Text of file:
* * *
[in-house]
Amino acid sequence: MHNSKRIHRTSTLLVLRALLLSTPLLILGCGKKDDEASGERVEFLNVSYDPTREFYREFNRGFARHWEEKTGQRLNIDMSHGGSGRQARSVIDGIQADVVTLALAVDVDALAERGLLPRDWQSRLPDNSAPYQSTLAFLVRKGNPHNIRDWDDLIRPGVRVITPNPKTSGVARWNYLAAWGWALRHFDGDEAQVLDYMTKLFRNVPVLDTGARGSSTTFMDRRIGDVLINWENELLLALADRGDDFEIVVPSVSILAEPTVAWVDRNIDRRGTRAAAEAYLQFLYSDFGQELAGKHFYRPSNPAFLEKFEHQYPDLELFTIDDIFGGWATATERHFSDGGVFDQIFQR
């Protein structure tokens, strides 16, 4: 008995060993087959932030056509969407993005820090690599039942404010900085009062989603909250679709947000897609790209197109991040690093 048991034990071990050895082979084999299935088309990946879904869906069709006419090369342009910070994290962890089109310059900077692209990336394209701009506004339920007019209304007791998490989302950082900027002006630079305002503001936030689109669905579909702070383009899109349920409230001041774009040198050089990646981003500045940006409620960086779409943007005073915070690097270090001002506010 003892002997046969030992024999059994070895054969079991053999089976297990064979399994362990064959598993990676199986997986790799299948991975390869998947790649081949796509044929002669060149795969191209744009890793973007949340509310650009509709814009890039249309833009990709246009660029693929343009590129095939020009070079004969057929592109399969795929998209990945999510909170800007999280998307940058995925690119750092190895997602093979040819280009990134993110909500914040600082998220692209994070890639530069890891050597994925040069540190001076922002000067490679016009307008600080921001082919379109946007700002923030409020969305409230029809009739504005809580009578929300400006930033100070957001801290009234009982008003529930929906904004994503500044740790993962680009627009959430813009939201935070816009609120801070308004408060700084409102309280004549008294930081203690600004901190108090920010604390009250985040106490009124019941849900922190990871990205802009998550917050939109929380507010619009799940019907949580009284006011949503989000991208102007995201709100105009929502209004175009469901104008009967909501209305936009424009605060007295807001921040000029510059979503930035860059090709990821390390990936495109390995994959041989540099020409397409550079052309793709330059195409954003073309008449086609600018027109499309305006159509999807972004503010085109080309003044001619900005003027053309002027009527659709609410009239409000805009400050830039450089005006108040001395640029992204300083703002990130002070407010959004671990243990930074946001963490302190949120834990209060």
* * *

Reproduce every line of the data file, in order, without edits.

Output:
[in-house]
Amino acid sequence: MHNSKRIHRTSTLLVLRALLLSTPLLILGCGKKDDEASGERVEFLNVSYDPTREFYREFNRGFARHWEEKTGQRLNIDMSHGGSGRQARSVIDGIQADVVTLALAVDVDALAERGLLPRDWQSRLPDNSAPYQSTLAFLVRKGNPHNIRDWDDLIRPGVRVITPNPKTSGVARWNYLAAWGWALRHFDGDEAQVLDYMTKLFRNVPVLDTGARGSSTTFMDRRIGDVLINWENELLLALADRGDDFEIVVPSVSILAEPTVAWVDRNIDRRGTRAAAEAYLQFLYSDFGQELAGKHFYRPSNPAFLEKFEHQYPDLELFTIDDIFGGWATATERHFSDGGVFDQIFQR
């Protein structure tokens, strides 16, 4: 008995060993087959932030056509969407993005820090690599039942404010900085009062989603909250679709947000897609790209197109991040690093 048991034990071990050895082979084999299935088309990946879904869906069709006419090369342009910070994290962890089109310059900077692209990336394209701009506004339920007019209304007791998490989302950082900027002006630079305002503001936030689109669905579909702070383009899109349920409230001041774009040198050089990646981003500045940006409620960086779409943007005073915070690097270090001002506010 003892002997046969030992024999059994070895054969079991053999089976297990064979399994362990064959598993990676199986997986790799299948991975390869998947790649081949796509044929002669060149795969191209744009890793973007949340509310650009509709814009890039249309833009990709246009660029693929343009590129095939020009070079004969057929592109399969795929998209990945999510909170800007999280998307940058995925690119750092190895997602093979040819280009990134993110909500914040600082998220692209994070890639530069890891050597994925040069540190001076922002000067490679016009307008600080921001082919379109946007700002923030409020969305409230029809009739504005809580009578929300400006930033100070957001801290009234009982008003529930929906904004994503500044740790993962680009627009959430813009939201935070816009609120801070308004408060700084409102309280004549008294930081203690600004901190108090920010604390009250985040106490009124019941849900922190990871990205802009998550917050939109929380507010619009799940019907949580009284006011949503989000991208102007995201709100105009929502209004175009469901104008009967909501209305936009424009605060007295807001921040000029510059979503930035860059090709990821390390990936495109390995994959041989540099020409397409550079052309793709330059195409954003073309008449086609600018027109499309305006159509999807972004503010085109080309003044001619900005003027053309002027009527659709609410009239409000805009400050830039450089005006108040001395640029992204300083703002990130002070407010959004671990243990930074946001963490302190949120834990209060």